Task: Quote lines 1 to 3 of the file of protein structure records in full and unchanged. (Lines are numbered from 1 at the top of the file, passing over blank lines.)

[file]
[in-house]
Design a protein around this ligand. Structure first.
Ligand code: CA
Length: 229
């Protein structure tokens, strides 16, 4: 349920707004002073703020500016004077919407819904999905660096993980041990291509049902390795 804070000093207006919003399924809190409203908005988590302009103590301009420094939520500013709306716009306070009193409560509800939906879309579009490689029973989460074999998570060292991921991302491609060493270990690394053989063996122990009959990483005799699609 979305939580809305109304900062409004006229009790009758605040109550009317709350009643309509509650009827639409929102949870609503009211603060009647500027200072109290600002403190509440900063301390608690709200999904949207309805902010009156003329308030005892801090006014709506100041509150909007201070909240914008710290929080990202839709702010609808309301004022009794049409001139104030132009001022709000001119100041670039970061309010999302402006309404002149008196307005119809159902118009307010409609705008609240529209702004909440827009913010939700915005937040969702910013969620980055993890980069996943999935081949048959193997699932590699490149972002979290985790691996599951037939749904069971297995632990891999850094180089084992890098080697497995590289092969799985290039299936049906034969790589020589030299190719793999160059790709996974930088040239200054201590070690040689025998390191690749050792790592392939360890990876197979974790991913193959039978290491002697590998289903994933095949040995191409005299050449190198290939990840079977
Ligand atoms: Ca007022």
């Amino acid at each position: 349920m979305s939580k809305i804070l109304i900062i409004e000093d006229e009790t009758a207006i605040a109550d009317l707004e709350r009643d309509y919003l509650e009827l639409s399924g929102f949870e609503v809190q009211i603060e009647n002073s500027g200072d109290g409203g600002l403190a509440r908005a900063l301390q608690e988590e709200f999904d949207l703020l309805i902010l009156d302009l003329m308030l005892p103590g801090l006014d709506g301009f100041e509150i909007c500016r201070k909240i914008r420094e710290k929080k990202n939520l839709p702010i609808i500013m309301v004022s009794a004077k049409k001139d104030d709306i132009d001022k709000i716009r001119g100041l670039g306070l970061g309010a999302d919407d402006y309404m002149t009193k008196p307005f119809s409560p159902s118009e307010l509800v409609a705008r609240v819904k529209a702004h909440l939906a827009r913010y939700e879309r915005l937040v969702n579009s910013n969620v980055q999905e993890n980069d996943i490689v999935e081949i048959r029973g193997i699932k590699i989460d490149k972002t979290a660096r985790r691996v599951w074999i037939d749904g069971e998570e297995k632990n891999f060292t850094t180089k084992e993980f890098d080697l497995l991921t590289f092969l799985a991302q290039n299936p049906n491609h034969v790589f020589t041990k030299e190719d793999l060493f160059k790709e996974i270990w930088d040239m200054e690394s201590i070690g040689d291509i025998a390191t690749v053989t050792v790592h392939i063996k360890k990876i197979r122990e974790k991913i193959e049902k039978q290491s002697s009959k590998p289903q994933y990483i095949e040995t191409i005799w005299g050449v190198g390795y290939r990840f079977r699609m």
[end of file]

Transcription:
[in-house]
Design a protein around this ligand. Structure first.
Ligand code: CA